Kaveh Akbar's "Pilgrim Bell"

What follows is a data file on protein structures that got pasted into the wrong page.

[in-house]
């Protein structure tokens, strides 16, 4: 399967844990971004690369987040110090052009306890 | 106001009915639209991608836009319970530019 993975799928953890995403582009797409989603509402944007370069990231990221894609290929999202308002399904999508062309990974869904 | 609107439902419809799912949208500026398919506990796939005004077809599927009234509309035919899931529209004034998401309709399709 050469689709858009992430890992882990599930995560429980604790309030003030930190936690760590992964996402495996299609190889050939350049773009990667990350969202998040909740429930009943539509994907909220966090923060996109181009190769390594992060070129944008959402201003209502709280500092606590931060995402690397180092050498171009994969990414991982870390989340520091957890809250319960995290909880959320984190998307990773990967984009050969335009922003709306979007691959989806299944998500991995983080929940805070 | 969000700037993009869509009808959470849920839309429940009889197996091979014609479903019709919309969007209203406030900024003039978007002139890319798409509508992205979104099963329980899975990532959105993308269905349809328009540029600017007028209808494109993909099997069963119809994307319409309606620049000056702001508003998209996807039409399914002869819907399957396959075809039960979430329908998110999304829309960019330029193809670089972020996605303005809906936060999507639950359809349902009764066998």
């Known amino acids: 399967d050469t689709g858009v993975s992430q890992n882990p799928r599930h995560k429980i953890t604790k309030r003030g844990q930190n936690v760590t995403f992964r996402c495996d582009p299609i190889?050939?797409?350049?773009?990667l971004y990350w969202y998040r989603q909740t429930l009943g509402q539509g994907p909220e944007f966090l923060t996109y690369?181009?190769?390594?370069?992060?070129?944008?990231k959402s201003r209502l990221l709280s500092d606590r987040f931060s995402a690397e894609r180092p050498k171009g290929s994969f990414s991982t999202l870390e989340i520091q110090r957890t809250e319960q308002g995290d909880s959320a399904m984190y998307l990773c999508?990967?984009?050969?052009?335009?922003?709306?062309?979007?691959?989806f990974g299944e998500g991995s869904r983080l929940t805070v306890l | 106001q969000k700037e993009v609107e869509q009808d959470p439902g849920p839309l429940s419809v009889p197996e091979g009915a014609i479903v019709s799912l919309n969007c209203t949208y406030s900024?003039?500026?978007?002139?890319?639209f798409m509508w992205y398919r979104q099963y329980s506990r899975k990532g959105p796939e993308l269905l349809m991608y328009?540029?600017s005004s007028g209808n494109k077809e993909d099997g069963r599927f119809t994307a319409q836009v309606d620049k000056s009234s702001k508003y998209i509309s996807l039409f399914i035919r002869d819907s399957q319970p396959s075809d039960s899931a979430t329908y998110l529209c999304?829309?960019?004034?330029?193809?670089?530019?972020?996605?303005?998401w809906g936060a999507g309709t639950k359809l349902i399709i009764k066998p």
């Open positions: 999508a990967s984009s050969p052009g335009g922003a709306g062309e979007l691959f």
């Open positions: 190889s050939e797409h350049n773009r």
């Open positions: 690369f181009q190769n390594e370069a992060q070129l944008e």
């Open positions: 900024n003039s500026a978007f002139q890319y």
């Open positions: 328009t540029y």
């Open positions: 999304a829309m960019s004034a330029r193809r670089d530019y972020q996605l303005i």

Poet Kaveh Akbar joins Eric and Medaya to talk about his latest collection, Pilgrim Bell. Whereas Akbar's previous collection, Calling a Wolf a Wolf, meditated on addiction and the challenges of recovery, Pilgrim Bell offers a sort of post-script turn to the spiritual as a site for thinking about reparability refracted in multiple images: the damaged self, the abuses of empire, the unrecalcitrant penitent, the failures of the faithful, the untamable's efforts at submission and devotion. Because the work of faith and thus the work of the faithful, is never complete—indeed, as Kaveh's best lines suggest to us, is always inchoate, compromised, confused—the spiritual is an experience of cycling makings, unmakings, and remakings. As such, his poems leave the reader suspended between action and futility, the generosity of love and the pain of loss. Like the pilgrim of the collection's title, we listen for the words that will ring out to us and we wait, in the interim between the bell's tolls, to determine how we will respond to its call. Kaveh opens the interview with a reading from the collection. Also, Matthew Specktor, author of Always Crashing in the Same Car: On Art, Crisis, and Los Angeles, California, returns to recommend Emily Segal's novel Mercury Retrograde.